Property = Property Rights
Transactions
Property    =
Property Rights
Left Side  =
Right Side
Increase
Decrease
Decrease
Increase
1. ABC mows a client's yard and receives a check from the customer for \$50 for the service provided.

The property cash is increased and the owner's property rights (claims to the property) are increased.
50

50
Type (a) Transaction Increases Both Sides of the Equation
2. ABC purchases \$100 worth of office supplies for inventory and stores them in their storage room. The office supply store gives them an invoice that allows them to pay for them in 15 days (on account).

The property office supplies is increased and the creditor's property rights (claims to the property) are increased.
100

100
Type (a) Transaction Increases Both Sides of the Equation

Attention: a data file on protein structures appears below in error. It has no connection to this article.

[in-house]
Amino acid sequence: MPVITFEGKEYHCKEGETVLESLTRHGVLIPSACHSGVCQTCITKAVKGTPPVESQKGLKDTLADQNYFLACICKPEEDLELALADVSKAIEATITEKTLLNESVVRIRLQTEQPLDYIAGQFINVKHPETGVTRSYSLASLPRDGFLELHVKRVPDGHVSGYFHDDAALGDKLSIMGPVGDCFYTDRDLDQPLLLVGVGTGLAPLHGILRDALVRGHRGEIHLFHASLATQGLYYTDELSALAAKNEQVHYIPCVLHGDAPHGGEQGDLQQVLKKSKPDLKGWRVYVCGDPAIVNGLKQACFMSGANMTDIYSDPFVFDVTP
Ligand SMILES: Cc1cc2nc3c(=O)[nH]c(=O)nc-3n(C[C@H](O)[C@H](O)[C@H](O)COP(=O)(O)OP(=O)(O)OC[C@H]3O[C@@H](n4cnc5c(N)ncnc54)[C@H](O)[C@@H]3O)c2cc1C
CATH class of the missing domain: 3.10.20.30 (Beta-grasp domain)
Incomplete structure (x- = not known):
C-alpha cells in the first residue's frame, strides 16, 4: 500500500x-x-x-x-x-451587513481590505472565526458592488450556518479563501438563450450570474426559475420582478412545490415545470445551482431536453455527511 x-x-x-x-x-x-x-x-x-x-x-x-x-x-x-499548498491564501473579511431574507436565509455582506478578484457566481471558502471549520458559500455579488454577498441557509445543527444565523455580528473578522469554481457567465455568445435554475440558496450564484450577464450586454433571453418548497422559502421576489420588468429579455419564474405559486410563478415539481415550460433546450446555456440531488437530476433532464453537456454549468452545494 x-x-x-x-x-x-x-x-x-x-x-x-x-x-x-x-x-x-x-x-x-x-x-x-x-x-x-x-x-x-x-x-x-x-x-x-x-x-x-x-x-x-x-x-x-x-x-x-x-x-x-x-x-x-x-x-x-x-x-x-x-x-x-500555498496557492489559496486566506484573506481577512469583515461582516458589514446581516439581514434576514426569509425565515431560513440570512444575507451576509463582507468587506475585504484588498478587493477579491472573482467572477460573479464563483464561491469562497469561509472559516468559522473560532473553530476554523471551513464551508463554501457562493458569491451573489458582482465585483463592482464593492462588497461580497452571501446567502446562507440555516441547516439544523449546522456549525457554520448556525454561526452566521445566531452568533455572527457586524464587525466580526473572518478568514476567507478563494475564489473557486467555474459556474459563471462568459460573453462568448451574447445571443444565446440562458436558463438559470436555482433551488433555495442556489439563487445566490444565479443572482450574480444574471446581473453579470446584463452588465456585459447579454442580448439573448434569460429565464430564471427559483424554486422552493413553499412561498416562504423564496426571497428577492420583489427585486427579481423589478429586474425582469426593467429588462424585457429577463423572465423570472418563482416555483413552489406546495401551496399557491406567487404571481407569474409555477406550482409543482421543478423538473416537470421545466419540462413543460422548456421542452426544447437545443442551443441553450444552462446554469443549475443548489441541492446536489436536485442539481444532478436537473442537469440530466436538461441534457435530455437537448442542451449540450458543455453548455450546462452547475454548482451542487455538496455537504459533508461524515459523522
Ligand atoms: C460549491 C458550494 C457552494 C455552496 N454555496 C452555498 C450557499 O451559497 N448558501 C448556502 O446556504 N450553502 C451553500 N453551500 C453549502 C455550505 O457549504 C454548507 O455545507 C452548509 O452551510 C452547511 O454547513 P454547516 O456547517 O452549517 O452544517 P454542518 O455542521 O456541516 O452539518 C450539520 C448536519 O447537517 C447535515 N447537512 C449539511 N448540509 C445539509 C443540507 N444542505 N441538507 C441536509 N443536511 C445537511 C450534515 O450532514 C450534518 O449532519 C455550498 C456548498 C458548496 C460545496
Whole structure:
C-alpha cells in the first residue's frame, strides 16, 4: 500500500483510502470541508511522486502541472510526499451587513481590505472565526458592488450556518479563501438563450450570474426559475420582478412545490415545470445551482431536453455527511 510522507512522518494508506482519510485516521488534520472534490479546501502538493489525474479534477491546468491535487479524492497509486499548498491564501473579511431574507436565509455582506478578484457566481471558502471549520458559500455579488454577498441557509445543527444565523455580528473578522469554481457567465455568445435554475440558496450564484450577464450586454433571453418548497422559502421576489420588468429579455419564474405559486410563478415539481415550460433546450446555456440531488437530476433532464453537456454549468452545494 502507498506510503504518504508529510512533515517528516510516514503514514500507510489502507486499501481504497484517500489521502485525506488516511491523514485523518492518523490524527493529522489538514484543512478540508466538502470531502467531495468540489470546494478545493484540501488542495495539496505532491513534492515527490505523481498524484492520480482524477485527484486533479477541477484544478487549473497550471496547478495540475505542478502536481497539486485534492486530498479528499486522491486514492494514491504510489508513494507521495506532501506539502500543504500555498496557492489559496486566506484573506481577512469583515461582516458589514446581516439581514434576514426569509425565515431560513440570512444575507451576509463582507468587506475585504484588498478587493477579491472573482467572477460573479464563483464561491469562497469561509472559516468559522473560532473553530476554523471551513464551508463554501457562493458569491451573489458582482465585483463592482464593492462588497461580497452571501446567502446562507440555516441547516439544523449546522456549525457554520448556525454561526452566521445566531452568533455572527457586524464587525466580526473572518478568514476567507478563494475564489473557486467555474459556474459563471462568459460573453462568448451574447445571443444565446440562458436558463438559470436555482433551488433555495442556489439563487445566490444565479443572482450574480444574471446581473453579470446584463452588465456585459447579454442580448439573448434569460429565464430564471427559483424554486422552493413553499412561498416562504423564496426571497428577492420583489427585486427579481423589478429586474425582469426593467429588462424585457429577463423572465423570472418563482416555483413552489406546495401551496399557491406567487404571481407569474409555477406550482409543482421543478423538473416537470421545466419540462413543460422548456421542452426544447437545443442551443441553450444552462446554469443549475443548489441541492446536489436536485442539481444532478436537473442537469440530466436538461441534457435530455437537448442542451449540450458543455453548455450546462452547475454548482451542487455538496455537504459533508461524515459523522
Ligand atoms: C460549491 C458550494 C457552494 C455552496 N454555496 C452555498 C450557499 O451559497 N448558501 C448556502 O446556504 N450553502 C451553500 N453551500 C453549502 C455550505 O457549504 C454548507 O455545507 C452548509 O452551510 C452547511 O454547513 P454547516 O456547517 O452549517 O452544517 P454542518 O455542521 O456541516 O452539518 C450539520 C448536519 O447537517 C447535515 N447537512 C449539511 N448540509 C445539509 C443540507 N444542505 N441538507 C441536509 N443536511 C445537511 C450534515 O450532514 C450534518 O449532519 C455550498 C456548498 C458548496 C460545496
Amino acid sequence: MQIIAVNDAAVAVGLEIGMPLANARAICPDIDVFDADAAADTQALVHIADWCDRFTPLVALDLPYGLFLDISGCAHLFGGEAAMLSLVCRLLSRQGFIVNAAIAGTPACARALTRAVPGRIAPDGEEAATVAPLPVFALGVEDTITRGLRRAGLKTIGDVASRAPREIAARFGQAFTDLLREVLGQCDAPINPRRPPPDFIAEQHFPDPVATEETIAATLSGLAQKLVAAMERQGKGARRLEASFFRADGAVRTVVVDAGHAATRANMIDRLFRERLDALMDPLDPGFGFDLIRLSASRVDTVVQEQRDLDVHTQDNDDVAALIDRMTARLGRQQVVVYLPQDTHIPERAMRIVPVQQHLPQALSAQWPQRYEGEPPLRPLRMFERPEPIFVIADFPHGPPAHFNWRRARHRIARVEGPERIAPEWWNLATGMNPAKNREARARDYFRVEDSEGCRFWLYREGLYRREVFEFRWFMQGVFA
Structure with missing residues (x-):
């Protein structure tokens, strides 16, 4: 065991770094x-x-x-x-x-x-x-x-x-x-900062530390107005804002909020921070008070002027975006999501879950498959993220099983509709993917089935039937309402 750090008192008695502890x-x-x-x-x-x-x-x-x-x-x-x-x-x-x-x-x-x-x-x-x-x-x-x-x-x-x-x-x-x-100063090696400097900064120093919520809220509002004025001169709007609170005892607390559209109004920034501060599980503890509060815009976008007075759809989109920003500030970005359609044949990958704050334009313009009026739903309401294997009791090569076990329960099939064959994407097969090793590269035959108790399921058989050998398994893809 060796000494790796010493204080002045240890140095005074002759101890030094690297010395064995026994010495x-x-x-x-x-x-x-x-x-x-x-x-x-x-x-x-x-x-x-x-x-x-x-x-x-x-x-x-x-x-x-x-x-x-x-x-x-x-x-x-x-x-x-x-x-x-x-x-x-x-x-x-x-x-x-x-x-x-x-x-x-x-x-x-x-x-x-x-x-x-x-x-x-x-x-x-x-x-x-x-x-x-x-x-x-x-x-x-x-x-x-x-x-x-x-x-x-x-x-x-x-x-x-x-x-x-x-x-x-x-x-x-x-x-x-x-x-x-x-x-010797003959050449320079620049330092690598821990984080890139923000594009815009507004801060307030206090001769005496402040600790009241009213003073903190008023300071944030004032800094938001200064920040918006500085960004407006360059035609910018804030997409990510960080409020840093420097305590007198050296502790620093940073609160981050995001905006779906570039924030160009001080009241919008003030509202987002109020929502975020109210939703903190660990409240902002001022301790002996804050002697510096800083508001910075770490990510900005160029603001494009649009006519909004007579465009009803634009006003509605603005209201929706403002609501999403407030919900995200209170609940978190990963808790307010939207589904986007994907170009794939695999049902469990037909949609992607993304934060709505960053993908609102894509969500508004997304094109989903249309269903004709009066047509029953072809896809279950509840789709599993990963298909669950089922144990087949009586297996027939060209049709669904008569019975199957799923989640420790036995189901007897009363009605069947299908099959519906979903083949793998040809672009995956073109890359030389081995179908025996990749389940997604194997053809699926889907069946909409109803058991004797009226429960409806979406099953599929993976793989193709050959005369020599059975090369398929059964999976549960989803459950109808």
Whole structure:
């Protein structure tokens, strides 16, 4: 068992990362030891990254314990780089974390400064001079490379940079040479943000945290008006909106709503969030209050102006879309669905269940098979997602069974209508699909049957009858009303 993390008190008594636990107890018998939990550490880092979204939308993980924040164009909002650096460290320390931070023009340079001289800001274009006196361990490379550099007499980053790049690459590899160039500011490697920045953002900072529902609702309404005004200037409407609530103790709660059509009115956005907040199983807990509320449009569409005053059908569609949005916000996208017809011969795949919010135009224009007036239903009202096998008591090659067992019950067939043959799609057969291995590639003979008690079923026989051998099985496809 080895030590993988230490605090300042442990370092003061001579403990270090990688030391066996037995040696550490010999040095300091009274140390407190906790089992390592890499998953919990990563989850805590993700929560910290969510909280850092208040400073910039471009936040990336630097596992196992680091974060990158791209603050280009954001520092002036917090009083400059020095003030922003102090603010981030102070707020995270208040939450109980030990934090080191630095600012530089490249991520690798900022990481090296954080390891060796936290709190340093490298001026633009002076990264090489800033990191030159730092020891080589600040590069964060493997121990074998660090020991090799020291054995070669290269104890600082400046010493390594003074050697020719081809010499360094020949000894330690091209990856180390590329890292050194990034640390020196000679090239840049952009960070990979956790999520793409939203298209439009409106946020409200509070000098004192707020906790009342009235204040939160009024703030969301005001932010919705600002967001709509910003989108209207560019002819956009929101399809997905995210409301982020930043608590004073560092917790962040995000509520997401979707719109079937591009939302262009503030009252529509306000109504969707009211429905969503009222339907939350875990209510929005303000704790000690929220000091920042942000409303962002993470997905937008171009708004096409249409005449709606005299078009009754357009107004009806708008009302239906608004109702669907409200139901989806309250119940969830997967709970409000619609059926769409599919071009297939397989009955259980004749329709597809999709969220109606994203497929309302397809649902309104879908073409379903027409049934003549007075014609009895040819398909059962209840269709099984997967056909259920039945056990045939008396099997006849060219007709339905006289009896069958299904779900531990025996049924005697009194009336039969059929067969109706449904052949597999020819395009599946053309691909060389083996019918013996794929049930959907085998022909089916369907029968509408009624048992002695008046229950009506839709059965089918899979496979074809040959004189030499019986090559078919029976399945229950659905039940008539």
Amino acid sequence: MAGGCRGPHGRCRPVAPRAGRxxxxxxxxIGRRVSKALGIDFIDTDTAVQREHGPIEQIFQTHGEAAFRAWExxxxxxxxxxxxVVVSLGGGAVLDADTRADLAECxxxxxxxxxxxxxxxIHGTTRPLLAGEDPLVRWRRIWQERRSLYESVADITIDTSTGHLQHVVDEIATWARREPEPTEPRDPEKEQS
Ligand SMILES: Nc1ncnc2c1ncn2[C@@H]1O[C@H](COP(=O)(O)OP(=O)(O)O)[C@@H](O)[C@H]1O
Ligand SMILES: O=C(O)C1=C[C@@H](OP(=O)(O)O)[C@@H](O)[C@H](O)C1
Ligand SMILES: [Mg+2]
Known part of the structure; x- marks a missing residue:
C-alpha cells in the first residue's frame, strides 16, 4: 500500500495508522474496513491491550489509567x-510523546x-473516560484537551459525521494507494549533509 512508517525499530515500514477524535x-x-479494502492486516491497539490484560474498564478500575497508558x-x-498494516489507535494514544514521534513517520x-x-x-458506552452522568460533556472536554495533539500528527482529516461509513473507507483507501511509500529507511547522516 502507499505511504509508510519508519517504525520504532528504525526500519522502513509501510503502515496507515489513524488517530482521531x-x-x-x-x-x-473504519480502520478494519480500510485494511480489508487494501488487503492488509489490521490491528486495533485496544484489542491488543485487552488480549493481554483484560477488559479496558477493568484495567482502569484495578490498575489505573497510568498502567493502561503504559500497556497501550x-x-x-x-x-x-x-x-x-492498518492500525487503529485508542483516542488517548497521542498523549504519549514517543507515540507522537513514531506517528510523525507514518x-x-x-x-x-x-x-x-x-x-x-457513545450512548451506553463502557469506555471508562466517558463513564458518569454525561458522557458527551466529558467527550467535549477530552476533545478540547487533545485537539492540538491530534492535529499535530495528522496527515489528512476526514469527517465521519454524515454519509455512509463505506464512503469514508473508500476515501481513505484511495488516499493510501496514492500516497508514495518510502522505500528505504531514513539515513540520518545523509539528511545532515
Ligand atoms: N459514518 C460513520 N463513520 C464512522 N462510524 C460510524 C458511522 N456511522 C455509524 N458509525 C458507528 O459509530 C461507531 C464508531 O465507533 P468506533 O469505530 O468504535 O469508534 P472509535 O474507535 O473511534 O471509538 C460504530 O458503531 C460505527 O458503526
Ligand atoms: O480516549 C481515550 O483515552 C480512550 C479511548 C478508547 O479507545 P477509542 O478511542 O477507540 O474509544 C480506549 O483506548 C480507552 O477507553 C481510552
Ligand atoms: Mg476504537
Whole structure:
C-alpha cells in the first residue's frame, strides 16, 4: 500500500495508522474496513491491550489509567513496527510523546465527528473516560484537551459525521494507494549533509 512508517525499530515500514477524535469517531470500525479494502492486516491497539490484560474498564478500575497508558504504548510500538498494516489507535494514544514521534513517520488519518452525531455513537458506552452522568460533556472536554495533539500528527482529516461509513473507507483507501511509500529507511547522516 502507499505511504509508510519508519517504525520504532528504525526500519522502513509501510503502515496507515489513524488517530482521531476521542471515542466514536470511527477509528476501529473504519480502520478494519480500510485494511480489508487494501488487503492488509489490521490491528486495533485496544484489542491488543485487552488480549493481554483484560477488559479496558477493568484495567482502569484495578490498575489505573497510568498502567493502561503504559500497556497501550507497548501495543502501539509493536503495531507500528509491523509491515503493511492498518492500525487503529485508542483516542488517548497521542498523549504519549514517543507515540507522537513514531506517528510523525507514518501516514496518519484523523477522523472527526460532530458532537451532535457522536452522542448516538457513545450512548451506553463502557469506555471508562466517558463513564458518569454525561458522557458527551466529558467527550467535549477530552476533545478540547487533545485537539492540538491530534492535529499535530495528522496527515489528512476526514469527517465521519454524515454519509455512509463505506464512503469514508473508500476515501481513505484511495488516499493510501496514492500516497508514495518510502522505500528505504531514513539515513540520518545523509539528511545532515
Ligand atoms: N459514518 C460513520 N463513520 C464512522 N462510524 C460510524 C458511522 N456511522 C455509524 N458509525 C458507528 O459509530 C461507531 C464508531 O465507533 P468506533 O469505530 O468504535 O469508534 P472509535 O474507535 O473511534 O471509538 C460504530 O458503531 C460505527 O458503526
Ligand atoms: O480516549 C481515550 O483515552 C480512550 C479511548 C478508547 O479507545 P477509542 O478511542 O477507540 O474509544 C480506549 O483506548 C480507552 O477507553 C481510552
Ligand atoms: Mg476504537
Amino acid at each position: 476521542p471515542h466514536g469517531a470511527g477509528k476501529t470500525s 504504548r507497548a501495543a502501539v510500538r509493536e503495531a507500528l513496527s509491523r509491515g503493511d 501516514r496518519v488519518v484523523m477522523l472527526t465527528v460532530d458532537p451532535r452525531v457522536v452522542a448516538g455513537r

3. ABC places an ad in the local newspaper receives the invoice from the supplier and writes a check for \$25 to the newspaper.

The property cash is decreased and the owner's property rights (claims to the property) are decreased.

2525
Type (b) Transaction Decreases Both Sides of the Equation
4. ABC purchases five mowers for \$10,000 and finances them with a note from the local bank.

The property equipment (mowers) is increased and the creditor's property rights (claims to the property) are increased.
10,000

10,000
Type (a) Transaction Increases Both Sides of the Equation
5. ABC mows another customer's yard and sends the customer a bill (invoice) for \$75 for the service they performed. They allow their customer 10 days to pay them for this service (on account).

The property amounts owed by customers is increased and the owner's property
rights (claims to the property) are increased.
75

75
Type (a) Transaction Increases Both Sides of the Equation
6. The owner of ABC needs a little money to pay some personal bills and writes himself a check for \$500.